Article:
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4 of 4 people found the following review helpful
Format: HardcoverVine Customer Review of Free Product( What's this? )
After many delays finally Batwoman is here, and it was well worth the wait. Fans of "Batwoman: Elegy" will not be disappointed in Kate Kane's return to the DC scene. The story effortlessly picks up after Elegy, and the art is as beautiful as ever and flows well with the more... metaphysical elements of the story.

As is the key in any Bat-comic, I love hat the story is not just about the 'case of the week' but ultimately ties to family and character. Kate's relationship with her father gets increasingly more interesting and complicated here, and I look forward to learning more about him and the shady black ops program he was involved in. Kate herself is a wonderfully flawed hero, whose evolution should be very interesting to follow in later books.
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3 of 3 people found the following review helpful
on September 27, 2012
J.H. Williams III has produced the most visually dynamic book to come out of DC Comics in the last year; Batwoman has a distinctive look that pushes the graphic novel art form to new heights. The first five issues of the Batwoman series have been collected in Batwoman Volume 1 Hydrology.

On the surface `Hydrology' is the story of Batwoman's search for children who have been abducted by an urban legend, La Llorana, "The Weeping Woman". At its heart, `Hydrology' is defining who Batwoman is: an estranged daughter, a grieving sister, a proud lesbian, a brave soldier and a determined hero. Williams with co-writer W. Haden Blackman craft a story that interlocks all aspects of Batwoman and her alter ego Kate Kane into a hero unlike others in the world of fiction.

Williams' artwork sets the tone for this book. With stunning imagery that weaves its way across the page. Not confined by traditional comic paneling, Williams presents a radical change to the comic book format. The art flows across the page with brilliant layouts that tells the story in a new way.

Batwoman stands out on the page since Williams makes her costume glisten as the material has a shiny leather look that is like nothing else in the story. The heroine's costume is accentuated by her flaming red hair. It is breathtaking work that contrasts to the mysterious backgrounds that flow across the page as smoke wafts through the sky.

The color artwork of Dave Stewart is just as much a part of the story as William's art. From the bright red color of Batwoman's hair to the heroine's pale skin the colors play a huge part in defining the look of this book.

Williams and Blackman entrench Batwoman firmly into Batman's world. The supporting cast of the Batman titles move in and out of Batwoman so she exists as another hero in Gotham City that can operate separate from Batman but still be a part of his world.

Batwoman Volume 1 Hydrology defines who the mysterious Batwoman is. With artwork that challenges the perception of what comic books can be Williams and Blackman tell a compelling story full of drama and intrigue that makes this one of the best book DC Comics is currently producing.
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2 of 2 people found the following review helpful
on November 24, 2012
Absolutely loved this book and I can't wait for the next one. One word of warning: There is a lot of backstory that you may not understand at once if you haven't read "Elegy". Do not fret, there is more exposition to come as this book only covers the beginning of Batwoman's new story and nemesis. This is one series that doesn't have arc after arc, the entire story is STILL going on even now and we are on issue 13. So if you love amazing art and an involving story, go for it because this book and series are worth it. Easily one of the best of the new 52. FYI: Batgirl is having a really awesome run too, and it is a bit more in line with the "3 issue story arc then start a new one" model.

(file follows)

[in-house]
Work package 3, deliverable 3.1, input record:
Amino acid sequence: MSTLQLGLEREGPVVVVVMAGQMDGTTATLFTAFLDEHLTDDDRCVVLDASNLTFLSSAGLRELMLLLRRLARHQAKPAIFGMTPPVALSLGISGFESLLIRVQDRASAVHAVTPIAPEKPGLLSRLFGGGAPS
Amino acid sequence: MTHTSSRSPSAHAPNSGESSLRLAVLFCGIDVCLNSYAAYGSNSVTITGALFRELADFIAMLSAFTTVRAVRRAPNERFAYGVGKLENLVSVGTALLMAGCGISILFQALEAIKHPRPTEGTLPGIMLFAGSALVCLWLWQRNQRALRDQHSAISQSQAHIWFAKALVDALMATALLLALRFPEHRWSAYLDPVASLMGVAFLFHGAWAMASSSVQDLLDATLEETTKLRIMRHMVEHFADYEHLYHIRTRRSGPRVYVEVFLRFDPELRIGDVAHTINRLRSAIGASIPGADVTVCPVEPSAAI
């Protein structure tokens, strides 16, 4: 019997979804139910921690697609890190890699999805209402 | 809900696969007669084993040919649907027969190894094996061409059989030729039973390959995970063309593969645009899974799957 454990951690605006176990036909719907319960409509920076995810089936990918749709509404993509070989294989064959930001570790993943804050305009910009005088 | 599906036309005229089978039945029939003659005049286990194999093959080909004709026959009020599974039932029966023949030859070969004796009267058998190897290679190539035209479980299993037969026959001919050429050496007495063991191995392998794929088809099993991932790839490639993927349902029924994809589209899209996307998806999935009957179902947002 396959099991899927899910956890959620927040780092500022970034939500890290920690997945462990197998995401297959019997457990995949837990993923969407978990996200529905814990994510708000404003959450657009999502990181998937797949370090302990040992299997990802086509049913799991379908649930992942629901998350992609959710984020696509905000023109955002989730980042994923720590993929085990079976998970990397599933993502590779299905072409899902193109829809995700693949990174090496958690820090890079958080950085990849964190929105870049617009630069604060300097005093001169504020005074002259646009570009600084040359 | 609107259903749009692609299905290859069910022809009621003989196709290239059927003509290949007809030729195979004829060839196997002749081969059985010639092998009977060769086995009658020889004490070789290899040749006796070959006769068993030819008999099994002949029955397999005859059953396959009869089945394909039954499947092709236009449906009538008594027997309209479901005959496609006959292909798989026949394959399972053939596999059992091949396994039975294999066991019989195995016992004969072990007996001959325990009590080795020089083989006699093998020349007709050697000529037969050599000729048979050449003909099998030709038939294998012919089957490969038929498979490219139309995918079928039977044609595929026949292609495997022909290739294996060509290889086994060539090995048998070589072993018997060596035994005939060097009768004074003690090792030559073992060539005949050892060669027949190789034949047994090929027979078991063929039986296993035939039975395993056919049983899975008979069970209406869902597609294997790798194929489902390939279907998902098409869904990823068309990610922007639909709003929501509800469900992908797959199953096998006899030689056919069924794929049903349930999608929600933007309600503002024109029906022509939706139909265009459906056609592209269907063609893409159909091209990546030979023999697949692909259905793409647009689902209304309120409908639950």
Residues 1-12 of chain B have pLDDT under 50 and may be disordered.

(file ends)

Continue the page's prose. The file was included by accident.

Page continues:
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2 of 2 people found the following review helpful
on January 15, 2014
After learning that this was one of the highest rated series from various critics out of the New 52, I was eager to boil into this volume. Ultimately, the artwork blew me away, but I found myself a bit bored with the storyline. I felt like there was too much of an emphasis on the main character's alternate lifestyle, and nowhere near enough on her origin story of becoming Batwoman. Additionally, it never felt like it was in the Batman universe at all, other than taking place in Gotham. I plan on giving future volumes a chance, but this first story arc really didn't do much for me. Bottom line: This is definitely worth reading, but there are better stories in the Batman universe available.
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2 of 2 people found the following review helpful
on June 8, 2013
This is hands-down the best super hero book that I have read in a long time. J.H. Williams III and Greg Rucka have crafted a modern heroine that is interesting, dynamic, and severely flawed. The story is great, but this book simply destroys all the competition with its superb artwork. Williams is a true master, with a remarkable ability to plan beautifully structured and intricate pages, reinvision standard action sequences in a way that make you gasp, and capture the tender delicacy of human emotion. And Dave Stewart's colors are nothing less than pure genius--he has always been the best in the field, but this work sets a new standard. It is that good. Buy it. Read it. Love it.
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2 of 2 people found the following review helpful
on May 31, 2013
You're not reading your typical serialized comic, with the New 52 Batwoman. The portrayal of Kate as a queer femme-enough woman with PTSD, an ex-soldier, all of it is really thoughtful and not exploitative. The artwork is incredible (it may be a false divide, but it feels like a graphic novel, instead of a set of books with serious deadline pressure).